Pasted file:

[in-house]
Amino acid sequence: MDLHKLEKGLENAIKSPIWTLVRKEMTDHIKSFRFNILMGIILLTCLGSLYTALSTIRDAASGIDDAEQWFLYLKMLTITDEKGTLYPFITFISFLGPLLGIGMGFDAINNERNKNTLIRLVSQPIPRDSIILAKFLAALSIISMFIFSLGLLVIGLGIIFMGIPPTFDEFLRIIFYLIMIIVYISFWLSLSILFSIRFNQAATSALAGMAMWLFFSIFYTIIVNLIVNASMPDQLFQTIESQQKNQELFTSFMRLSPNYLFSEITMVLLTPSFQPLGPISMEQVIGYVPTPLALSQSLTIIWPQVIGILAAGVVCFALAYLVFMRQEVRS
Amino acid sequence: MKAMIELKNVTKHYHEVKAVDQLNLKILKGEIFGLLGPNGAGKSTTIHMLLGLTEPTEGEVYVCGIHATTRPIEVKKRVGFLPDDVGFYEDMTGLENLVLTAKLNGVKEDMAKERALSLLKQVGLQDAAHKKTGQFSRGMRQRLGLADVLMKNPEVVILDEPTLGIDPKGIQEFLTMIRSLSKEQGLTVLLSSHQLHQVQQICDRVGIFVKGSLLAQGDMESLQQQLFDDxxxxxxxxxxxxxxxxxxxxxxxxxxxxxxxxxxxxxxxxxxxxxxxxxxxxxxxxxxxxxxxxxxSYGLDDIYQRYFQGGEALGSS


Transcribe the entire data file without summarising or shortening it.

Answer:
[in-house]
Amino acid sequence: MDLHKLEKGLENAIKSPIWTLVRKEMTDHIKSFRFNILMGIILLTCLGSLYTALSTIRDAASGIDDAEQWFLYLKMLTITDEKGTLYPFITFISFLGPLLGIGMGFDAINNERNKNTLIRLVSQPIPRDSIILAKFLAALSIISMFIFSLGLLVIGLGIIFMGIPPTFDEFLRIIFYLIMIIVYISFWLSLSILFSIRFNQAATSALAGMAMWLFFSIFYTIIVNLIVNASMPDQLFQTIESQQKNQELFTSFMRLSPNYLFSEITMVLLTPSFQPLGPISMEQVIGYVPTPLALSQSLTIIWPQVIGILAAGVVCFALAYLVFMRQEVRS
Amino acid sequence: MKAMIELKNVTKHYHEVKAVDQLNLKILKGEIFGLLGPNGAGKSTTIHMLLGLTEPTEGEVYVCGIHATTRPIEVKKRVGFLPDDVGFYEDMTGLENLVLTAKLNGVKEDMAKERALSLLKQVGLQDAAHKKTGQFSRGMRQRLGLADVLMKNPEVVILDEPTLGIDPKGIQEFLTMIRSLSKEQGLTVLLSSHQLHQVQQICDRVGIFVKGSLLAQGDMESLQQQLFDDxxxxxxxxxxxxxxxxxxxxxxxxxxxxxxxxxxxxxxxxxxxxxxxxxxxxxxxxxxxxxxxxxxSYGLDDIYQRYFQGGEALGSS